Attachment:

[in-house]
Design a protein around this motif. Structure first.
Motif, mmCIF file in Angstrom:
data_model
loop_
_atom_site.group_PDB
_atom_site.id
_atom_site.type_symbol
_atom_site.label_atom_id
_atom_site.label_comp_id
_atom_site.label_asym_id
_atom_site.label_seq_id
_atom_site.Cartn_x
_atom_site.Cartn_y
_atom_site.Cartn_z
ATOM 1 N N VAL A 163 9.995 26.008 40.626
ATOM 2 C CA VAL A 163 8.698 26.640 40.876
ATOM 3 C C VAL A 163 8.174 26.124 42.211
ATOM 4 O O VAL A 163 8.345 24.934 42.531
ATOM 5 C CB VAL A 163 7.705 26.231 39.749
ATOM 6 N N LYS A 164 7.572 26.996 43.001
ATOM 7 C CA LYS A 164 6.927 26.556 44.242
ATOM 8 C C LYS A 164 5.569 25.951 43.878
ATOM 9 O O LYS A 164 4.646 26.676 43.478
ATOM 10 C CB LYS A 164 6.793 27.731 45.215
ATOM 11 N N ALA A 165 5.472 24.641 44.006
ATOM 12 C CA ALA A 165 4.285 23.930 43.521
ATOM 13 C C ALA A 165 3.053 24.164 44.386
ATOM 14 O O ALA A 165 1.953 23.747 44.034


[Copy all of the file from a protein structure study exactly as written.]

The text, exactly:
[in-house]
Design a protein around this motif. Structure first.
Motif, mmCIF file in Angstrom:
data_model
loop_
_atom_site.group_PDB
_atom_site.id
_atom_site.type_symbol
_atom_site.label_atom_id
_atom_site.label_comp_id
_atom_site.label_asym_id
_atom_site.label_seq_id
_atom_site.Cartn_x
_atom_site.Cartn_y
_atom_site.Cartn_z
ATOM 1 N N VAL A 163 9.995 26.008 40.626
ATOM 2 C CA VAL A 163 8.698 26.640 40.876
ATOM 3 C C VAL A 163 8.174 26.124 42.211
ATOM 4 O O VAL A 163 8.345 24.934 42.531
ATOM 5 C CB VAL A 163 7.705 26.231 39.749
ATOM 6 N N LYS A 164 7.572 26.996 43.001
ATOM 7 C CA LYS A 164 6.927 26.556 44.242
ATOM 8 C C LYS A 164 5.569 25.951 43.878
ATOM 9 O O LYS A 164 4.646 26.676 43.478
ATOM 10 C CB LYS A 164 6.793 27.731 45.215
ATOM 11 N N ALA A 165 5.472 24.641 44.006
ATOM 12 C CA ALA A 165 4.285 23.930 43.521
ATOM 13 C C ALA A 165 3.053 24.164 44.386
ATOM 14 O O ALA A 165 1.953 23.747 44.034